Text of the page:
The recent panel discussion at the Hannover Messe, organized by Platform Industrie 4.0, brought together industry experts from different nations to discuss the shaping of digital ecosystems globally. The participation of the Oscar Lázaro as Project leader of The DFA´s flagschip project EU Data Space 4.0 in this discussion is of significant importance.
With increasing globalisation, the dependence of countries on each other is also growing. The business representatives on the international panel at the Hannover Messe agreed on this. In order to be competitive, sustainable and resilient in the future, companies must share their data. They saw potential for this in initiatives such as Manufacturing-X.
Japan: A well-planned Data strategy is crucial sectors such as education, infrastructure, energy, and mobility, highlighting the collaborative efforts of governments and companies to drive its implementation
Dr. Yoichi Nonaka, Corporate Chief Researcher at Hitachi’s Robot Revolution & Industrial IoT Initiative (RRI), emphasized the importance of international data ecosystems and the concept of “Society 5.0” during the discussion. Japan aims to enhance its resilience to natural disasters and secure long-term prosperity by establishing digital structures aligned with data spaces. Nonaka highlighted that trust is a crucial element for international cooperation, particularly when creating a global standardization of data systems. National ecosystems, such as those in Germany, Japan, and Korea, should be internationalized while considering cultural backgrounds.
Korea: Collecting data is a crucial step towards promoting a data strategy, particularly in important or potential sectors like hydrogen, electricity and construction
Kwang Hyun An, President of the Korea Smart Manufacturing Office (KOSMO), highlighted the significance of cultural backgrounds and regional specialization in data utilization. KOSMO focuses on smart manufacturing initiatives that promote the improved exchange and utilization of data. An emphasized the importance of international cooperation, particularly with Germany’s Industrie 4.0 platform, with whom they have been collaborating since 2019 in the field of data spaces. Effective international cooperation is seen as a crucial tool for success in achieving their goals.
USA: To ensure widespread access to these benefits, we must democratize and reduce the costs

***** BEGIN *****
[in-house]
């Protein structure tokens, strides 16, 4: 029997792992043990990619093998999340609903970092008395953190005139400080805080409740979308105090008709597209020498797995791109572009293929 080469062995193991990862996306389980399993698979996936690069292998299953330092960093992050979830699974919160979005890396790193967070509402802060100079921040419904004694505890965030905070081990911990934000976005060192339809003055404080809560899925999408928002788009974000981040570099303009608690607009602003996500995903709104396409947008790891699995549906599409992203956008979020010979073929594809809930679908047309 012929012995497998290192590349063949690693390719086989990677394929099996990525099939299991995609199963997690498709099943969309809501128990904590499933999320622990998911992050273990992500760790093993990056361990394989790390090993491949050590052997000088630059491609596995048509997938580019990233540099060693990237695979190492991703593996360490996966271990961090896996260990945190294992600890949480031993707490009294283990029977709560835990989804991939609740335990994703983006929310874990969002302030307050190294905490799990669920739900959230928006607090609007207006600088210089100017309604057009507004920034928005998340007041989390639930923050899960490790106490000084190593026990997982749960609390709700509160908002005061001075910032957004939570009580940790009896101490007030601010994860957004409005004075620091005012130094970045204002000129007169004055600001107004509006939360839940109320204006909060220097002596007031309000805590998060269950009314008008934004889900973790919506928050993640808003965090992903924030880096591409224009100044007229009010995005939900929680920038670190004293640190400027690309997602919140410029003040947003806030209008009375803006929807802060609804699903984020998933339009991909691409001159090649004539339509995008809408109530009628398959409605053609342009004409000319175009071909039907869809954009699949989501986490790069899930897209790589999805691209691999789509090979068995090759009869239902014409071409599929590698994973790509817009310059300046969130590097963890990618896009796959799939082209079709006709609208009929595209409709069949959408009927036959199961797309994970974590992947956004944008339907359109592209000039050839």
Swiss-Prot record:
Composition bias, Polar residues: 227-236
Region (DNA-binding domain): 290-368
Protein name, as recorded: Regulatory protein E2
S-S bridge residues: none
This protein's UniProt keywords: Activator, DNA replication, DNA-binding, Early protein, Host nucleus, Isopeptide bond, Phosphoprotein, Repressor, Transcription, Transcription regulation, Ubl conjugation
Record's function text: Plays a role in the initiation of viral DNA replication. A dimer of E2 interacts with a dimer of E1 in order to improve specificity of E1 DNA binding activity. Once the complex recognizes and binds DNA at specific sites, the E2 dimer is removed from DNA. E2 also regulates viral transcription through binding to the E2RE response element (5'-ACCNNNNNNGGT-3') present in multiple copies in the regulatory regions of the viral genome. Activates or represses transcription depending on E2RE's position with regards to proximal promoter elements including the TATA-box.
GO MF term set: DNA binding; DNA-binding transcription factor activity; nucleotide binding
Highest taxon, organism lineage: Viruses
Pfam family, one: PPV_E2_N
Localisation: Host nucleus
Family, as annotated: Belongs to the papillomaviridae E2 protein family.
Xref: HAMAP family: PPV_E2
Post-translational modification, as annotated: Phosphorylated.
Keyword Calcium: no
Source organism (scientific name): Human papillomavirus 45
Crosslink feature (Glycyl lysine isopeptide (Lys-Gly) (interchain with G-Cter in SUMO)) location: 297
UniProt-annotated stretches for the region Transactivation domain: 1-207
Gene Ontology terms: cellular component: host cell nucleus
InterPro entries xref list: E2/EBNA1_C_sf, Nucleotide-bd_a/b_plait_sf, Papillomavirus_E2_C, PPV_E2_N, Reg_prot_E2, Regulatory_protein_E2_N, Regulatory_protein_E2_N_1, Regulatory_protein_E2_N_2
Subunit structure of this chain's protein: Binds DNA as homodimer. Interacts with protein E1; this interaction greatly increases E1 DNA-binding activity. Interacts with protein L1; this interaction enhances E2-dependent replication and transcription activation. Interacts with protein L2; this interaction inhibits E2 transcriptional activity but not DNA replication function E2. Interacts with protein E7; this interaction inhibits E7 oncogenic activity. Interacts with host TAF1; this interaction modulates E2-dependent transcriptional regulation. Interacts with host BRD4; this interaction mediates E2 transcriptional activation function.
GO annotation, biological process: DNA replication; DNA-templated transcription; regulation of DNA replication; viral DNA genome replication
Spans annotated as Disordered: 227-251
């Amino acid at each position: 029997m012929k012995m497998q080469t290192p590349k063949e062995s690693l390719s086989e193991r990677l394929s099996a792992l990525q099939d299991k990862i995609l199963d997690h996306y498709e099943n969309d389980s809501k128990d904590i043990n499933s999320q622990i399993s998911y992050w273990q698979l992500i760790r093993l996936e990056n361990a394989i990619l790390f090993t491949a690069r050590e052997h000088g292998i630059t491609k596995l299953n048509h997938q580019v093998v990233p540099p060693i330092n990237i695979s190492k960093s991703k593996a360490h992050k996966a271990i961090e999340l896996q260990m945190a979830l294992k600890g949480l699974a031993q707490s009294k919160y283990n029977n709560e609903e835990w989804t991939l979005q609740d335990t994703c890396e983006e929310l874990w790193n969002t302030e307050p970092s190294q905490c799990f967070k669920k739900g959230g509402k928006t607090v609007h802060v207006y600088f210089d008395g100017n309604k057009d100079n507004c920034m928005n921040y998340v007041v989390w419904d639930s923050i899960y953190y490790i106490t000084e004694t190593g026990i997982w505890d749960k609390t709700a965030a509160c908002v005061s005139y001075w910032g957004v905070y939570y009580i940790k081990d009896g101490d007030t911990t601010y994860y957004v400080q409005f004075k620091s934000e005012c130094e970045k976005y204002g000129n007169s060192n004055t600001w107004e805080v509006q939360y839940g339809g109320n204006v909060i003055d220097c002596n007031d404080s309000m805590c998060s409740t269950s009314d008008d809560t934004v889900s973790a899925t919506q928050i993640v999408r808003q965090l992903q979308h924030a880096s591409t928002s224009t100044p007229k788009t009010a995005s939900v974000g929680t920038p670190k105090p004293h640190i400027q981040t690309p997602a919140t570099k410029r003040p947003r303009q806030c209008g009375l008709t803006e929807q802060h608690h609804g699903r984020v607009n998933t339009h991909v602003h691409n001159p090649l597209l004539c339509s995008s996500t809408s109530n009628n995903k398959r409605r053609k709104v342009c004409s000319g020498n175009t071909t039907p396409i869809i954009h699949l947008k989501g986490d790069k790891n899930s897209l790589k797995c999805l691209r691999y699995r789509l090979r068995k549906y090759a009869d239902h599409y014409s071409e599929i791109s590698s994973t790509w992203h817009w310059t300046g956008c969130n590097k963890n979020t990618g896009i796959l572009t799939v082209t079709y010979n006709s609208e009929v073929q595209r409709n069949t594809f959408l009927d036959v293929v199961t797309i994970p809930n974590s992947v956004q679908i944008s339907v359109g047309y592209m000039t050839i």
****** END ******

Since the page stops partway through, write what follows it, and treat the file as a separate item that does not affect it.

John Dyck, CEO of CESMII – The Smart Manufacturing Institute, highlighted the collaboration between the Plattform Industrie 4.0 and the United States. He showcased the joint demonstrator for the “Supply Chain Resilience and Carbon Reporting” use case, which serves as a tangible example of international interoperability and synergy utilization. This is necessary to democratize access to innovative processes and smart manufacturing. According to Dyck, the United States is currently experiencing a “digital divide,” with thousands of companies taking a leading role in digital processes while many others lag behind. To bridge this gap, cooperation and interoperability at all levels are required. Only through this can seamless data connectivity and a more inclusive approach to digitization be achieved. Dyck emphasized the exemplary role that Germany plays in this regard, with its rich tradition of collaboration between industry, research, and education.
EU/Spain: Oscar Lazaro advocates for the inclusion of SMEs at every stage of development of data spaces
One prerequisite for successful multilateral collaboration is the alignment of individual continents. This perspective was explained by Oscar Lazaro, Managing Director of Innovalia Association and Project Manager of the EU project EU Data Sp4ce. He outlined the requirements for decentralized data spaces in Europe. The most important aspect is a shared European vision and an inclusive initiative that allows everyone to participate. Additionally, mechanisms need to be established to actively involve small and medium-sized enterprises. Lazaro illustrated this with the example of the EU project EU Data Sp4ce, which aims to harmonize country-specific Industrie 4.0 initiatives: “We need to create a common platform for how these data spaces should be established at the European level, with uniform standards,” said Oscar Lazaro.
Germany: Getting SMEs onboard for data driven projects can be challenging but it is essential for building a competitive economy
Ernst Stöckl-Pukall, Head of the Digitalization and Industry 4.0 Department at the Federal Ministry for Economic Affairs and Climate Action, explained how the Manufacturing-X initiative can contribute to addressing these challenges. Manufacturing-X is envisioned as an international project because the future of the data-driven economy relies on global collaboration. The key to this is decentralized systems that can unleash their impact by involving small and medium-sized enterprises (SMEs). This represents a paradigm shift: “We don’t want an ocean of data like in the past. In fact, today it’s about the quality, not the quantity of data. The system must be intuitively applicable. We want to invite the whole world to participate and shape this development,” said Stöckl-Pukall.